Asian Journal of Transfusion Science

: 2015  |  Volume : 9  |  Issue : 2  |  Page : 213--215

An acute hemolytic transfusion reaction due to the "anti-c" rhesus antibody: A case report emphasizing the role of transfusion medicine

Deepti Sachan1, Rajeswari Jayakumar1, Joy Varghese2, Mohamed Rela2,  
1 Department of Transfusion Medicine, Global Health City, Chennai, Tamil Nadu, India
2 Department of Hepatology and Liver Transplantation, Global Health City, Chennai, Tamil Nadu, India

Correspondence Address:
Dr. Deepti Sachan
Department of Transfusion Medicine, Global Health City, Chennai - 600 100, Tamil Nadu


Rhesus (Rh) mediated hemolytic transfusion reactions (HTR) are usually immunoglobulin G mediated and delayed onset. Rh antibodies being the cause of acute HTR (AHTR) and intravascular hemolysis are still under debate. We report here a case of a 53-year-old male who developed AHTR due to DQanti-cDQ antibodies within 3 h of blood transfusion, precipitating fatal acute liver failure in a patient with hepatitis C related chronic liver disease. This case emphasizes the need of inclusion of antibody screening in routine pretransfusion testing as well as a critical role of transfusion medicine specialists for early diagnosis and minimizing transfusion-related morbidity and mortality.

How to cite this article:
Sachan D, Jayakumar R, Varghese J, Rela M. An acute hemolytic transfusion reaction due to the "anti-c" rhesus antibody: A case report emphasizing the role of transfusion medicine.Asian J Transfus Sci 2015;9:213-215

How to cite this URL:
Sachan D, Jayakumar R, Varghese J, Rela M. An acute hemolytic transfusion reaction due to the "anti-c" rhesus antibody: A case report emphasizing the role of transfusion medicine. Asian J Transfus Sci [serial online] 2015 [cited 2022 Aug 12 ];9:213-215
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Full Text


Rhesus (Rh) system is the second most important blood group system after ABO with highly immunogenic antigens. Rh mediated hemolytic transfusion reactions (HTR) are immunoglobulin G (IgG) mediated and usually results in extravascular hemolysis and delayed HTR (DHTR). The most commonly reported non-ABO acute HTRs (AHTR) are due to Kidd, Diego, and P antigens, etc [Table 1]. [1],[2],[3],[4],[5],[6],[7],[8] Anti-c Rh antibody although has been reported to cause hemolytic disease of newborn and DHTR, AHTR has not been much reported. Furthermore, possibility of Rh antibodies being the cause of intravascular hemolysis is still under debate. [7] We report an unusual case of AHTR due to anti-c causing intravascular hemolysis and mortality due to acute exacerbation of a chronic liver disease.{Table 1}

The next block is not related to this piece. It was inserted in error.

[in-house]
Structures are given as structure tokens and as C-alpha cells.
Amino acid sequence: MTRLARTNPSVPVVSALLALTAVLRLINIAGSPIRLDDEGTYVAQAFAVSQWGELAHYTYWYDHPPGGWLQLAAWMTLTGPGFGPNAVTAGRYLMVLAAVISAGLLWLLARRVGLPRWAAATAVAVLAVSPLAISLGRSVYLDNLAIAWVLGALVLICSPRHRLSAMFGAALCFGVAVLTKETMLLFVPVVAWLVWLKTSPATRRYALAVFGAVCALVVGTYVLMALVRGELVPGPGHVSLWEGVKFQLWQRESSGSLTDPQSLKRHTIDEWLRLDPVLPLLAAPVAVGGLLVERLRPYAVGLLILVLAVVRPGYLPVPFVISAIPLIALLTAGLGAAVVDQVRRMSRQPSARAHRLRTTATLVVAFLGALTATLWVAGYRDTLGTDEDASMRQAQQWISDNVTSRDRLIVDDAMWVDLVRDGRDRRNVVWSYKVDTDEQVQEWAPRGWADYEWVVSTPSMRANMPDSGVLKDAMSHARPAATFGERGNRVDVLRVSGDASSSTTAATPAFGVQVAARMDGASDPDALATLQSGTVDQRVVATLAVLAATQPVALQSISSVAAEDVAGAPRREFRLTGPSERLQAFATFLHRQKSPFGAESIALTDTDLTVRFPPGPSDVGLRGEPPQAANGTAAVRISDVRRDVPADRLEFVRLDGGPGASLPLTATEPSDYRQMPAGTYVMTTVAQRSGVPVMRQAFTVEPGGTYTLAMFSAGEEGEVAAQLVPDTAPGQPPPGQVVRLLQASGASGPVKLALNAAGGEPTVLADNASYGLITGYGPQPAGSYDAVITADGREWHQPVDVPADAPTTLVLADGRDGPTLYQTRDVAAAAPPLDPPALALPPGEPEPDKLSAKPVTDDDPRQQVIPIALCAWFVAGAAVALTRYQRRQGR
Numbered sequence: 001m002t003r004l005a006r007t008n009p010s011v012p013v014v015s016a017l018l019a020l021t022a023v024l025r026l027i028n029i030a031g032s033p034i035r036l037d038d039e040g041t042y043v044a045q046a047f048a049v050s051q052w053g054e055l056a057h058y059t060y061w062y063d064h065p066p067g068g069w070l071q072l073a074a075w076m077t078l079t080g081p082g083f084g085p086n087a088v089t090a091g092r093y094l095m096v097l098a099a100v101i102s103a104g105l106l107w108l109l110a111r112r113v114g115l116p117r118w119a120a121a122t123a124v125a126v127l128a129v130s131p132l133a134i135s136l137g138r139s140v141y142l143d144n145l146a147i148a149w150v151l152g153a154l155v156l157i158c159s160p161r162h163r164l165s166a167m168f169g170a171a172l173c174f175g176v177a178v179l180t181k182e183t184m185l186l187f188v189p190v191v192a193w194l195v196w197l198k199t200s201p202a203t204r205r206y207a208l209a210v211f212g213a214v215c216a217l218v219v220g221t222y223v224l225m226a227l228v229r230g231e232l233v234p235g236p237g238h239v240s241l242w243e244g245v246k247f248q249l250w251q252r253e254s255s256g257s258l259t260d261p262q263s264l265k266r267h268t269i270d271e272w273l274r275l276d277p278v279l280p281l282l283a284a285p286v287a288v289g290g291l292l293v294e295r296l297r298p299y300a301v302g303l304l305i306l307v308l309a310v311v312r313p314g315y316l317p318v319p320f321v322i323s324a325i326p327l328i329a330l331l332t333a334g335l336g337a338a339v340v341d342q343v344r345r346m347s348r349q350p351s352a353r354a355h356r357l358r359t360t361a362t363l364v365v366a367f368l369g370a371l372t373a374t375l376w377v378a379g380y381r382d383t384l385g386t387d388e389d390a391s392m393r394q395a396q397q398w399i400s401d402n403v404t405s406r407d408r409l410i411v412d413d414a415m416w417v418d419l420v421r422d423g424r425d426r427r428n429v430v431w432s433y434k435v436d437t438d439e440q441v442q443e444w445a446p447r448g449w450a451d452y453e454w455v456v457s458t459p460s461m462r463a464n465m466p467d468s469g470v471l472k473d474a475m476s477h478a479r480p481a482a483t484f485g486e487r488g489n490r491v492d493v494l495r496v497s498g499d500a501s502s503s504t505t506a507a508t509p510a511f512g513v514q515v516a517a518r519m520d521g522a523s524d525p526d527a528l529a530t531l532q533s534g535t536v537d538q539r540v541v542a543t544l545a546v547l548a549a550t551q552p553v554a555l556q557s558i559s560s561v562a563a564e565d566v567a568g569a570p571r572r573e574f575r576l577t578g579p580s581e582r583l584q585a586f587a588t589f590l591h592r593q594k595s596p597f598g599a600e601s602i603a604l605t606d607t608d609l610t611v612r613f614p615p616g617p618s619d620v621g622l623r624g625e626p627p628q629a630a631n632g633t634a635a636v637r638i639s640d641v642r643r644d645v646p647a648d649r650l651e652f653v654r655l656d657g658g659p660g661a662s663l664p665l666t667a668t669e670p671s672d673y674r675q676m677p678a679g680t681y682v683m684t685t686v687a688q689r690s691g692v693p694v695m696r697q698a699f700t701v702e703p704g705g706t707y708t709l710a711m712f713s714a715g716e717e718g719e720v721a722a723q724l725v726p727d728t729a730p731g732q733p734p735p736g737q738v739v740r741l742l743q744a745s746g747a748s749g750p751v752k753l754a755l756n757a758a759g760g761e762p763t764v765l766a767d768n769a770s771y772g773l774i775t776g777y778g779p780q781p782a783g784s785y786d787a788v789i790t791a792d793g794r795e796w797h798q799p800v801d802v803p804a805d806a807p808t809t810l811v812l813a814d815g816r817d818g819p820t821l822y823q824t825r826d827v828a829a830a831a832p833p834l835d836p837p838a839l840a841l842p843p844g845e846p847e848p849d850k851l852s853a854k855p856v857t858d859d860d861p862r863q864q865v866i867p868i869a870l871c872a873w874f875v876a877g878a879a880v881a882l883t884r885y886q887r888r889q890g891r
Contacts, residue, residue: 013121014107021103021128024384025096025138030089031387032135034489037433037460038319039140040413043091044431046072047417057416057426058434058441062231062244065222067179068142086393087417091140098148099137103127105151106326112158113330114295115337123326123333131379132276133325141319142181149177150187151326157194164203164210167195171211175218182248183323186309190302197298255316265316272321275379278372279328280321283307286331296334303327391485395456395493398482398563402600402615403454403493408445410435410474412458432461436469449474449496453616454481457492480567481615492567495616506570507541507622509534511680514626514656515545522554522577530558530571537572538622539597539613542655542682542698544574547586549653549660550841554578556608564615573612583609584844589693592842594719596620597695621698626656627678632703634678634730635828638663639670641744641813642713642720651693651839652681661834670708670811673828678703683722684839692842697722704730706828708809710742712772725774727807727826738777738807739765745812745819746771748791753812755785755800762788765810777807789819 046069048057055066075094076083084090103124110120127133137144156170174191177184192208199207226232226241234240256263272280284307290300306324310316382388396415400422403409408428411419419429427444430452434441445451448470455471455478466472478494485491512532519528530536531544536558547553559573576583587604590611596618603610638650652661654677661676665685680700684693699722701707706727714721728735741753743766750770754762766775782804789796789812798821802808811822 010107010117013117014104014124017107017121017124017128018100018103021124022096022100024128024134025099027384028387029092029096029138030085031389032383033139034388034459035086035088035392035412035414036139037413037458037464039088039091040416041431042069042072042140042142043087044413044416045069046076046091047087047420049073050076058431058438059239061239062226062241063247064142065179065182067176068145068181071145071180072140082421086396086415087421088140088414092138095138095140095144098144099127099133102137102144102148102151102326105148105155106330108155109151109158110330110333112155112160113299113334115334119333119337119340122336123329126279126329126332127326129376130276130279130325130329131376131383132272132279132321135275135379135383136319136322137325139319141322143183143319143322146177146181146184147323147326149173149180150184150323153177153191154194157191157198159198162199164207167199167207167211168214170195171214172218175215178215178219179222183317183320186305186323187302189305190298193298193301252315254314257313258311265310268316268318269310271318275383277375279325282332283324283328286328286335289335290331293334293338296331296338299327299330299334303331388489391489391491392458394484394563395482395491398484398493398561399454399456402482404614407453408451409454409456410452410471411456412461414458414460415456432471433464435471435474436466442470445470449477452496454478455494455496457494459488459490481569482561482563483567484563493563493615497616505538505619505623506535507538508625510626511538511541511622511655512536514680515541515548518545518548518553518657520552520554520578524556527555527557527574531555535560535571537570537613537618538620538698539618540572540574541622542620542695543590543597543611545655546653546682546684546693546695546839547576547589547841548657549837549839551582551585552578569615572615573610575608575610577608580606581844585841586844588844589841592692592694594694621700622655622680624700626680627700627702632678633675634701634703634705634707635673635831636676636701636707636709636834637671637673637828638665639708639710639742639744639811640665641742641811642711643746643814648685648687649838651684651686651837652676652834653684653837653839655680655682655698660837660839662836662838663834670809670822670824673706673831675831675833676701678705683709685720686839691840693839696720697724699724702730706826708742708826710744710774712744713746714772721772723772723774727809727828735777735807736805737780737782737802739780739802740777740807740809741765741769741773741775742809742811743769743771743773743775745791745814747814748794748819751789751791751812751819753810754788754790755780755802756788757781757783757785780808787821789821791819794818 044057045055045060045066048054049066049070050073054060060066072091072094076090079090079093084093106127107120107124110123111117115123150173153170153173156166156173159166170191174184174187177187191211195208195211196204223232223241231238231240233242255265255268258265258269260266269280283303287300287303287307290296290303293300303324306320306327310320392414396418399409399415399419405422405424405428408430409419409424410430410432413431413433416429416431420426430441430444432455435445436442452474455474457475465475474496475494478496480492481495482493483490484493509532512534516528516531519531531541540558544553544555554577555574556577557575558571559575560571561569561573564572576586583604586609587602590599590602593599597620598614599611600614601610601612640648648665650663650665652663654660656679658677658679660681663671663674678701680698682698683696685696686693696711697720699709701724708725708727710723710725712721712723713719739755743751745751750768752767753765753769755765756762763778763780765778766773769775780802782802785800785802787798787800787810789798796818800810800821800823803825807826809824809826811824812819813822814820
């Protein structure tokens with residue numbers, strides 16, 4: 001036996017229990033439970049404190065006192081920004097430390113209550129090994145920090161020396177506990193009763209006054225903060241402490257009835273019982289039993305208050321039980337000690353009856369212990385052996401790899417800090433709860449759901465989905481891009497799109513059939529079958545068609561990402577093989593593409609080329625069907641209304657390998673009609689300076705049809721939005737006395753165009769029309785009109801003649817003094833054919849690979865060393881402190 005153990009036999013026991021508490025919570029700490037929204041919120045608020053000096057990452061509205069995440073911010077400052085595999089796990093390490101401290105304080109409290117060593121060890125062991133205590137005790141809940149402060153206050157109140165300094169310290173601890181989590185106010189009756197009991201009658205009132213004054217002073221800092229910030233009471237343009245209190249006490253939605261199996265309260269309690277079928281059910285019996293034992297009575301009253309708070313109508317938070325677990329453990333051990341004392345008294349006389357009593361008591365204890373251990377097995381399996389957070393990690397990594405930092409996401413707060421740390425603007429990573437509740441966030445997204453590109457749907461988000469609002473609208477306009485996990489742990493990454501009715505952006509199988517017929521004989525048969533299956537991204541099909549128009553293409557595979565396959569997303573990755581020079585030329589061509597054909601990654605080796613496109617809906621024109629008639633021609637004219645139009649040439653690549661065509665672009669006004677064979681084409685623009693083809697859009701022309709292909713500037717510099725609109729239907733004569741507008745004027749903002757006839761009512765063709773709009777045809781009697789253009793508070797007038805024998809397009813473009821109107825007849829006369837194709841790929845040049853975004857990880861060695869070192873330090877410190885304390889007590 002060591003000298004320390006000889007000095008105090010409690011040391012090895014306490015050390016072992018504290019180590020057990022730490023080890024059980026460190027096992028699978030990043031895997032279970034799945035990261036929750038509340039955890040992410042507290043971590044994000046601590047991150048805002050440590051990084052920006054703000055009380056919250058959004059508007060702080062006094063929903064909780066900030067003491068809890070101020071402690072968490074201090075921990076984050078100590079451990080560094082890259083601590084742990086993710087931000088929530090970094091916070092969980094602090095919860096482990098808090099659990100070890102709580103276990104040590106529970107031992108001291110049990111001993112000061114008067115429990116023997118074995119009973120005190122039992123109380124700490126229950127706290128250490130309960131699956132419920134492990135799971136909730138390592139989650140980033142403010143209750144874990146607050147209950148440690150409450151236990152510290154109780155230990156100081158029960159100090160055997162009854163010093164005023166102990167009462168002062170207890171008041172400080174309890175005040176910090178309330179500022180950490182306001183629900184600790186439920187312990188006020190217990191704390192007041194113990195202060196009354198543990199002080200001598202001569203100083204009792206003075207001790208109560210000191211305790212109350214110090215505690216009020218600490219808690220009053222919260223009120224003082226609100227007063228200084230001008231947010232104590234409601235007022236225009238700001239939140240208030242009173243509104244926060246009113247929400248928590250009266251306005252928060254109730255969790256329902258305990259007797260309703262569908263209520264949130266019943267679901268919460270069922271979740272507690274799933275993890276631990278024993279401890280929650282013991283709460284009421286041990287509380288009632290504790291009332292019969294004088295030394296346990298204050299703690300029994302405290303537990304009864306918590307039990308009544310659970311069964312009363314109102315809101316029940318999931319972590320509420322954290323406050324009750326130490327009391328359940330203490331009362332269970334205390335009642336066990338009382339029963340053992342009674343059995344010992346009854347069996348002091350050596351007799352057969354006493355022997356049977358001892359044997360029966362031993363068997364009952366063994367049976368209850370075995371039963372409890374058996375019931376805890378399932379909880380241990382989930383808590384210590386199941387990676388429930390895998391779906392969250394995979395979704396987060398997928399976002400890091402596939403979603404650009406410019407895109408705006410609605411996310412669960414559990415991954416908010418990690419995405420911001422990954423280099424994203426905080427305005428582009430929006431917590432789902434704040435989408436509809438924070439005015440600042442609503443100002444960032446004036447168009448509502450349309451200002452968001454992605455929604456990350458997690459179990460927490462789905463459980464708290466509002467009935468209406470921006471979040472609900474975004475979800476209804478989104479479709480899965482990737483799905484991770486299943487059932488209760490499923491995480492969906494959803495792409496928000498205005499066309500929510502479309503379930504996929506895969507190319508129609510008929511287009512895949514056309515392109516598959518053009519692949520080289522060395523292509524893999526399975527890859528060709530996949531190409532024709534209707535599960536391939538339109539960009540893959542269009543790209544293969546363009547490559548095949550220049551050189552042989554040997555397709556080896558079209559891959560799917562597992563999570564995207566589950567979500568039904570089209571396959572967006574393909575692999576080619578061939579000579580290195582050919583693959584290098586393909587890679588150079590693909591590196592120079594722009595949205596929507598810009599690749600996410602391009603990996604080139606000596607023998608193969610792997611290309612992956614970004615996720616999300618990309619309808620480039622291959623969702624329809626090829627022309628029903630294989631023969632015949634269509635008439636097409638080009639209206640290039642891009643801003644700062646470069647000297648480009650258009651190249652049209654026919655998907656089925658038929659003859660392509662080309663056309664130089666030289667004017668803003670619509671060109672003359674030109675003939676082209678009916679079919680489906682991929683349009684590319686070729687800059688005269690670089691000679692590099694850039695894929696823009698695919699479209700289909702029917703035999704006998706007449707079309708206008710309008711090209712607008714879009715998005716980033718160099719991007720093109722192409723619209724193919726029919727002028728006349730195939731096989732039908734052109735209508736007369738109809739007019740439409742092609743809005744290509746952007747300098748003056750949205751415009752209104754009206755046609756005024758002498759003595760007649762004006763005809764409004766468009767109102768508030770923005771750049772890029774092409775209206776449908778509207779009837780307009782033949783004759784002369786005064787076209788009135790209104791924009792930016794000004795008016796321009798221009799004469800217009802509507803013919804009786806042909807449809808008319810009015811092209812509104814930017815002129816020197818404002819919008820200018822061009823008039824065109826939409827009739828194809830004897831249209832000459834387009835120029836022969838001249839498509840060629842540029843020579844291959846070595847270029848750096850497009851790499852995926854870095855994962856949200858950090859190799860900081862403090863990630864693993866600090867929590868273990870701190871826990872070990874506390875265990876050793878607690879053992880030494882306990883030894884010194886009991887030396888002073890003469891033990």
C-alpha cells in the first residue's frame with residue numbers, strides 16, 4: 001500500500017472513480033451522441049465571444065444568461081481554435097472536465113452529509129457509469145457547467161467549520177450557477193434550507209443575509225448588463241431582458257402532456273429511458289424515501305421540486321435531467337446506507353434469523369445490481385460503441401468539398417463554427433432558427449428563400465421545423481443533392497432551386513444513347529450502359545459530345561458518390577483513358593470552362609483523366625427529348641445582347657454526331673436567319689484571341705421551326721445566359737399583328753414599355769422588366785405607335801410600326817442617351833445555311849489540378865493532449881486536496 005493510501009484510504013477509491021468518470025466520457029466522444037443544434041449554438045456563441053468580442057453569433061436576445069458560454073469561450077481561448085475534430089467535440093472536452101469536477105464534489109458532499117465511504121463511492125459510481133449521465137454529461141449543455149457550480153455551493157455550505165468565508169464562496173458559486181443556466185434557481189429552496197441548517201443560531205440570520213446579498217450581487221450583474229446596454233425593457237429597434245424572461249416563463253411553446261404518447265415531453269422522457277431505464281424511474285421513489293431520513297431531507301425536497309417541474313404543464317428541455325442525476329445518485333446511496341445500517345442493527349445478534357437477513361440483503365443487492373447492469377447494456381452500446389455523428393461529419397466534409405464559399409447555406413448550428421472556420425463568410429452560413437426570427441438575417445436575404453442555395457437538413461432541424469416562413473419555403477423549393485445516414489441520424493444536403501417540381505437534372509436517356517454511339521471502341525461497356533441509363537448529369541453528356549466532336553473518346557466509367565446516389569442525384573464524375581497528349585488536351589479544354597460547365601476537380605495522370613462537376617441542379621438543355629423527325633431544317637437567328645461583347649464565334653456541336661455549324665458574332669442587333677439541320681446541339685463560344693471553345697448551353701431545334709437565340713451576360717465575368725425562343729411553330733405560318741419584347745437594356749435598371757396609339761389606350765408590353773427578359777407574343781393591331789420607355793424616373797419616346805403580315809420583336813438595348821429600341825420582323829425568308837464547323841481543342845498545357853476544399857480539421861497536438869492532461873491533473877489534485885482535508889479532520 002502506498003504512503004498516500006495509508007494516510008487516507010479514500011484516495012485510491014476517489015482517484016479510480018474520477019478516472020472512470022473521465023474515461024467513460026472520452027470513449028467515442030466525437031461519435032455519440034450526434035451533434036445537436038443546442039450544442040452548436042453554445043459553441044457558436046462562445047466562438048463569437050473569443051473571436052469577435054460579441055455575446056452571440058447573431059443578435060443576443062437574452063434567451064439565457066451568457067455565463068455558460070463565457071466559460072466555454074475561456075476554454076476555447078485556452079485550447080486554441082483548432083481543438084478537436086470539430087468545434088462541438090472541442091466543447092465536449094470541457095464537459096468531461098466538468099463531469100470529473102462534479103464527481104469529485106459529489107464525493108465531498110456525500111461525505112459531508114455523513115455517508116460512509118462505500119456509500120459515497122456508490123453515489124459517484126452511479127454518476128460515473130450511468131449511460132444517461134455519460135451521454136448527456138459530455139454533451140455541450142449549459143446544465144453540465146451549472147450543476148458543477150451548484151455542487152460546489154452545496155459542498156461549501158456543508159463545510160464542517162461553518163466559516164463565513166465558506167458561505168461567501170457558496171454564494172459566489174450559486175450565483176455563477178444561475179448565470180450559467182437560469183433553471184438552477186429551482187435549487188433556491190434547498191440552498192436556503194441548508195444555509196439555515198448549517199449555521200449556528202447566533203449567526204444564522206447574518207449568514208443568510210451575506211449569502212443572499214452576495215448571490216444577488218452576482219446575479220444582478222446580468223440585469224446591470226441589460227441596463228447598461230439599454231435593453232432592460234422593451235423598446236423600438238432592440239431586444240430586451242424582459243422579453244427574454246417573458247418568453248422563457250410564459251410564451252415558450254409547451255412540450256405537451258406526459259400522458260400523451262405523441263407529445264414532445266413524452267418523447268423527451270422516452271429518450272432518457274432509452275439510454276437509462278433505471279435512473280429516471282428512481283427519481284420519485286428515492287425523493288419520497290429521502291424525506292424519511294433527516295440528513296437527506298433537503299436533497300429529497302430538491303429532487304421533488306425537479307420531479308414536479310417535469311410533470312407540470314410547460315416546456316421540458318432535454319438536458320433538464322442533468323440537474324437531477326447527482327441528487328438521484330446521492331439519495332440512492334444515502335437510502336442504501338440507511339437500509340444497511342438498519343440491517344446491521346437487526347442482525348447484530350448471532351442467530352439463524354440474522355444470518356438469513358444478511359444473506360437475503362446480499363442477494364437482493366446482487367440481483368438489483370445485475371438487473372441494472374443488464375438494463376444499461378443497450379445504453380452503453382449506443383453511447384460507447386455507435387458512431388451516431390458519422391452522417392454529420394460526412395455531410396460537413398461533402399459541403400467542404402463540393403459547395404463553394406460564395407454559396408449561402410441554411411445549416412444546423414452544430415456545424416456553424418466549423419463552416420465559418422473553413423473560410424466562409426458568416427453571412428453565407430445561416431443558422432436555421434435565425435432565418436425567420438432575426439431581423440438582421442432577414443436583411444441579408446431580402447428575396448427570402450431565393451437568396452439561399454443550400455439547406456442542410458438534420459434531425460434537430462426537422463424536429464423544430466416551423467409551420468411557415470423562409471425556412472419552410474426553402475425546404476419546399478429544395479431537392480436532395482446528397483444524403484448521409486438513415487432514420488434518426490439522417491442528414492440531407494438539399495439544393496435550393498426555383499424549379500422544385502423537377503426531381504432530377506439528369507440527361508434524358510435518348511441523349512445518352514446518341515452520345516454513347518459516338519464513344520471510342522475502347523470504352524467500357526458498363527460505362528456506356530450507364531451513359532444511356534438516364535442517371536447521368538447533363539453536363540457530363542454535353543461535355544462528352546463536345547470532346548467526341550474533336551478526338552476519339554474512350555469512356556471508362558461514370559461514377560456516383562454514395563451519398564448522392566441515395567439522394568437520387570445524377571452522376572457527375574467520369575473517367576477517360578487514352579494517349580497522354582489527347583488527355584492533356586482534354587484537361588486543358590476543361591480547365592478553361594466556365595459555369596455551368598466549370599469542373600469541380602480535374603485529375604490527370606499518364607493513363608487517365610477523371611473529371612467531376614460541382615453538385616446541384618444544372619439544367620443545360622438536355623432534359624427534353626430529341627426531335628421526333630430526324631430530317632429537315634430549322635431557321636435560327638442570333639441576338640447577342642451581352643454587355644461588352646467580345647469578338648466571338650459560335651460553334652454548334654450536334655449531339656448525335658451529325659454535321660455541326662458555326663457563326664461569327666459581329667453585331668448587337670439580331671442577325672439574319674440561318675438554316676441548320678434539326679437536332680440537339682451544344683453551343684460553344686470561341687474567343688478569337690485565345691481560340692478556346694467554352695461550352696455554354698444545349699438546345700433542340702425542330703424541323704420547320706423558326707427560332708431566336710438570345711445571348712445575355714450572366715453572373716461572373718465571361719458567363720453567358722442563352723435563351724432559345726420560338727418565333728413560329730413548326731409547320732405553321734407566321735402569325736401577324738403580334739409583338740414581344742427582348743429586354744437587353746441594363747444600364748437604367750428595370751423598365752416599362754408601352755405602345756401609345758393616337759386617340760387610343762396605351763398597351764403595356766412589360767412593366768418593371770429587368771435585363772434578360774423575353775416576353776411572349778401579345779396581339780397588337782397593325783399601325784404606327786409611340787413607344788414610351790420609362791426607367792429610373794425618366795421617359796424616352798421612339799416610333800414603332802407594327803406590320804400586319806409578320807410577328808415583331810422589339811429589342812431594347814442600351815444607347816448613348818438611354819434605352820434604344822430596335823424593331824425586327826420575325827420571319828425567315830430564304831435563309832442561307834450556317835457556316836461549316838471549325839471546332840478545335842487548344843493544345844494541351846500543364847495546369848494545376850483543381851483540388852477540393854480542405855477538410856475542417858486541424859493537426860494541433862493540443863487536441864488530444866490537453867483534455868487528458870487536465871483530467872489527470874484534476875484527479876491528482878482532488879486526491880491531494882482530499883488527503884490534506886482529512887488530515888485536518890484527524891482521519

Case Report

A 53-year-old male was referred to our center as acute on chronic liver failure with complaints of jaundice, abdominal distension, generalized weakness, and dehydration.

He was a known case of Hepatitis C related chronic liver disease since 2008. He probably acquired this infection due to the blood transfusions given during knee surgery in 1996. He also received multiple transfusions owing to variceal bleed 2-3 times a year in the past 4 years.

At the time of admission, the patient was pale, deeply icteric, and hypotensive (BP 90/60 mm Hg); he had bilateral pedal edema and ascites. Laboratory investigations were as follows: Hemoglobin 6.9 g/dl, hematocrit 24%, platelet count 81,000 cells/cu mm, total serum bilirubin 28.8 mg/dl, serum alanine transaminase 160 U/L, serum aspartate transaminase 53 U/L, serum alkaline phosphatase 131 U/L. Patient was on supportive treatment, and a request was received for two units of packed red cells.

The blood sample was screened for irregular antibodies as per our standard protocol using a commercial ID-Diacell I-II-III antibody screening Panel (Diamed, Switzerland) and ID-cards "LISS/Coombs" (Diamed , Switzerland).